The 15 Best Iranian Movies of All Time Iranian is a rich and diverse cinema that has been in existence since the 1930s amidst oppressive regimes, censorship, and even in the face of exile. The history of film as an art form in Iran dates back to the pioneering days of cinema when the first movie theatre opened in Tehran in 1904. The film was less than ten years old at the time and many Iranians flocked to cinemas to watch these primitive masterpieces. However, it would be another 25 years before Iran would develop its own national cinema, a cinema of morality, humanity, abandonment, and integrity. Starting with the opening of the first film school in 1925, an Iranian national cinema quickly began to develop. Since then, cinema has served as an ambassador for Iran, the heart and soul of a country marred by years of instability.
Herfei 1 on farsiland (سریال حرفه ای قسمت اول فارسی لند) is the name of one of the new series of the home theater network, directed by Mostafa Taghizadeh and produced by Saeed Khani, produced in 1400 in Iran, which has a social genre. The film Letter of a Herfei Serial written by Mostafa Taghizadeh has been written. Its actors include a combination of film and television actors such as Ali Mostafa, Sirvan Khosravi, Zanyar Khosravi, Sara Bahrami, Mahour Alvand, Elmira Dehghani, and others who have acted in this series. Synopsis: There is a lot of money involved. A perfect plan is needed to remove obstacles and achieve this wealth. A pure and complex plan that requires a professional assassin to execute. He is probably the smartest and most ruthless.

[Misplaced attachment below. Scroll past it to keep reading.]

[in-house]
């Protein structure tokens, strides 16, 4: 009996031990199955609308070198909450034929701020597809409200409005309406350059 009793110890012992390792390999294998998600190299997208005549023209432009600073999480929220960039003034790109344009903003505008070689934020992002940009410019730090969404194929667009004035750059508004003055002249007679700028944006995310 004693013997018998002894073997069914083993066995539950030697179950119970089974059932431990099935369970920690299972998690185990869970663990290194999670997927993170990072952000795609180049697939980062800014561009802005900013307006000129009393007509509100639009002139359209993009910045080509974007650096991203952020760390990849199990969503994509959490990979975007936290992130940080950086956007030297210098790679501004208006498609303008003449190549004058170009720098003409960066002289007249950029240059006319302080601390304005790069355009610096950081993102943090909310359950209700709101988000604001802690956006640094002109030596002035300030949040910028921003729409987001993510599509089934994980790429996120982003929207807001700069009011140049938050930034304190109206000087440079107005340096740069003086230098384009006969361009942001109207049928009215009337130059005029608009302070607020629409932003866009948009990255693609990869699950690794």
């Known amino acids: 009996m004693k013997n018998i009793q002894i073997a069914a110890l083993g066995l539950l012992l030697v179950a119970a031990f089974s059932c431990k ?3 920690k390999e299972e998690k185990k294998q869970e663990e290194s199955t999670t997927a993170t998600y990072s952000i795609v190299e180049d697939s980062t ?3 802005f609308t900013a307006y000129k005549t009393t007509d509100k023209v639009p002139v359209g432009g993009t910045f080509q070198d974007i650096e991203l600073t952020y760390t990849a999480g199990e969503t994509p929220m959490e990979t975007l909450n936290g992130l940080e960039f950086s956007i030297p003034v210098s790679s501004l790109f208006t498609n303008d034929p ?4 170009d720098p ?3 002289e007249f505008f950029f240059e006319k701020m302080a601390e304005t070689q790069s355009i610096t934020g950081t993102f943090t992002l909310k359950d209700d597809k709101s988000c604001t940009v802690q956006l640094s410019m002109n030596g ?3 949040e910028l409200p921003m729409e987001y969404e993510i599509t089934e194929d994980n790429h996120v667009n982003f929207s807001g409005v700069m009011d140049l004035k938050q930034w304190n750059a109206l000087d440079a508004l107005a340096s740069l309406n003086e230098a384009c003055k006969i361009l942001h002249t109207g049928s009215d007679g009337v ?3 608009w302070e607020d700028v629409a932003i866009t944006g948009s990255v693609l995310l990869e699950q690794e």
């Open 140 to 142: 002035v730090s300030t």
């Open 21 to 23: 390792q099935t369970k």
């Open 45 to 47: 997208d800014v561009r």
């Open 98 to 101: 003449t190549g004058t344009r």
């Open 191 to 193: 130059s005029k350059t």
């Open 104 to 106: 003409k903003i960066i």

1. The House is Black (Forough Farrokhzad, 1963) 2. The Brick and The Mirror [aka Brick and Mirror] (Ebrahim Golestan, 1965) 3. The Cow (Daryush Mehrjui, 1969) 4. Still Life (Sohrab Shahid-Saless, 1974) 5. The Runner (Amir Naderi, 1985) 6. The Cyclist (Mohsen Makhmalbaf, 1987) 7. Close Up (Abbas Kiarostami, 1990) 8. A Moment of Innocence [aka Bread and Flower Pot] (Mohsen Makhmalbaf, 1996) 9. Taste of Cherry (Abbas Kiarostami, 1997) 10. The Apple (Samira Makhmalbaf, 1998) 11. The Color of Paradise (Majid Majidi, 1999) 12. The Day I Became a Woman (Marzieh Meshkini, 2000) 13. Ten (Abbas Kiarostami, 2002) 14. Turtles Can Fly (Bahman Gobadi, 2004) 15. Or the critically acclaimed “Children of Heaven” by Majid Majidi. If you have a taste for deep dives into the cinematic and artistic history of one of the Middle East’s most vibrantly creative atmospheres, you will enjoy this three-part journey.